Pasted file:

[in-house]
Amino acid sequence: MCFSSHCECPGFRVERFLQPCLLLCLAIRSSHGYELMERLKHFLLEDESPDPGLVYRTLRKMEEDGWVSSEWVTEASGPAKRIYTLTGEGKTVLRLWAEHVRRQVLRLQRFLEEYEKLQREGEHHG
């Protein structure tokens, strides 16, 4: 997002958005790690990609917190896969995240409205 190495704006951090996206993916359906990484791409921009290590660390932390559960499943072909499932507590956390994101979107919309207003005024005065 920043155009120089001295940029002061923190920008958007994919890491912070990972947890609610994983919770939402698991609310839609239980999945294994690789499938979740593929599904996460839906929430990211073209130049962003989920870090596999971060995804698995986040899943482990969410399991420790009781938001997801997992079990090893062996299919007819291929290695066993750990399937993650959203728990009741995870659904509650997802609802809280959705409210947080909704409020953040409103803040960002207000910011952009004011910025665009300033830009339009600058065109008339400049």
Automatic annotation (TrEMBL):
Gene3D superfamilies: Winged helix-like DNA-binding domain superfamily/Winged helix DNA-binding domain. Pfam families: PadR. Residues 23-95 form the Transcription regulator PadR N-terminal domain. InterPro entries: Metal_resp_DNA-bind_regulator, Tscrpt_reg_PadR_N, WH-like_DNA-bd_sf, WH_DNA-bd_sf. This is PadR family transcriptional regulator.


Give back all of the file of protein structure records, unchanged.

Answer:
[in-house]
Amino acid sequence: MCFSSHCECPGFRVERFLQPCLLLCLAIRSSHGYELMERLKHFLLEDESPDPGLVYRTLRKMEEDGWVSSEWVTEASGPAKRIYTLTGEGKTVLRLWAEHVRRQVLRLQRFLEEYEKLQREGEHHG
């Protein structure tokens, strides 16, 4: 997002958005790690990609917190896969995240409205 190495704006951090996206993916359906990484791409921009290590660390932390559960499943072909499932507590956390994101979107919309207003005024005065 920043155009120089001295940029002061923190920008958007994919890491912070990972947890609610994983919770939402698991609310839609239980999945294994690789499938979740593929599904996460839906929430990211073209130049962003989920870090596999971060995804698995986040899943482990969410399991420790009781938001997801997992079990090893062996299919007819291929290695066993750990399937993650959203728990009741995870659904509650997802609802809280959705409210947080909704409020953040409103803040960002207000910011952009004011910025665009300033830009339009600058065109008339400049």
Automatic annotation (TrEMBL):
Gene3D superfamilies: Winged helix-like DNA-binding domain superfamily/Winged helix DNA-binding domain. Pfam families: PadR. Residues 23-95 form the Transcription regulator PadR N-terminal domain. InterPro entries: Metal_resp_DNA-bind_regulator, Tscrpt_reg_PadR_N, WH-like_DNA-bd_sf, WH_DNA-bd_sf. This is PadR family transcriptional regulator.